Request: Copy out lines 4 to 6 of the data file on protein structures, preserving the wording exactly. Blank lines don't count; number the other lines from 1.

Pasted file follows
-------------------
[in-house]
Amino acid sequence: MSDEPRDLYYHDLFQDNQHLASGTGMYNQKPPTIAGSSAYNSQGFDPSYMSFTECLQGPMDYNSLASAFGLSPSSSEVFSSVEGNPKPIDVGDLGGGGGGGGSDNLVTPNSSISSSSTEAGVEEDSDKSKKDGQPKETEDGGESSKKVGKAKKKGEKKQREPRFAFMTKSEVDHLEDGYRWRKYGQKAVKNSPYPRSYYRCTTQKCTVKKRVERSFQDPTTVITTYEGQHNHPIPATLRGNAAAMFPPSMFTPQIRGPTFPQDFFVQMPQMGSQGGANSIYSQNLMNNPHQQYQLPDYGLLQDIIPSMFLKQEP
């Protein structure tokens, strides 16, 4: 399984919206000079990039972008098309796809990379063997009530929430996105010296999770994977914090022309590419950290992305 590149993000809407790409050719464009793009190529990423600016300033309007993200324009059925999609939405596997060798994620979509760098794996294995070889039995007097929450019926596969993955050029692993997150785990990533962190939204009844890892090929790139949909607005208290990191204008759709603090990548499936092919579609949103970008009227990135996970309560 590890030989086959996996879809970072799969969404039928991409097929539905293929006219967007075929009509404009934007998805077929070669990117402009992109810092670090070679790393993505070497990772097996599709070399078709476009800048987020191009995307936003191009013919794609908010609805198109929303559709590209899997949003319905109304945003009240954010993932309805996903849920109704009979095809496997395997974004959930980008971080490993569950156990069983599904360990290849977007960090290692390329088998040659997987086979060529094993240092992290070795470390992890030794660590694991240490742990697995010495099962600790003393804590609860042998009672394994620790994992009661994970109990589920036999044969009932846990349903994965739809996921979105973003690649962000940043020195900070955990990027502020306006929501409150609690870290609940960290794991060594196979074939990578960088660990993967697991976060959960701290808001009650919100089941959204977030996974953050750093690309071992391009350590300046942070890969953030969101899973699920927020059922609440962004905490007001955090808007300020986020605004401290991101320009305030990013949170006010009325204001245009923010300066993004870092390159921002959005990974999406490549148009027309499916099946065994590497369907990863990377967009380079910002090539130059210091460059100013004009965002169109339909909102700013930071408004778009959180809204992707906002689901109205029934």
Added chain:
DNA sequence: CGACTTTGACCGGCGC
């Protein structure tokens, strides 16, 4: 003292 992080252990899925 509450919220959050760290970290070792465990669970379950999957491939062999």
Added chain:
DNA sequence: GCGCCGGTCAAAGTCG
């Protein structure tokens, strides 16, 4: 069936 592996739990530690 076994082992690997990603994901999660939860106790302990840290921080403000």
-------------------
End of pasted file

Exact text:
Added chain:
DNA sequence: CGACTTTGACCGGCGC
């Protein structure tokens, strides 16, 4: 003292 992080252990899925 509450919220959050760290970290070792465990669970379950999957491939062999």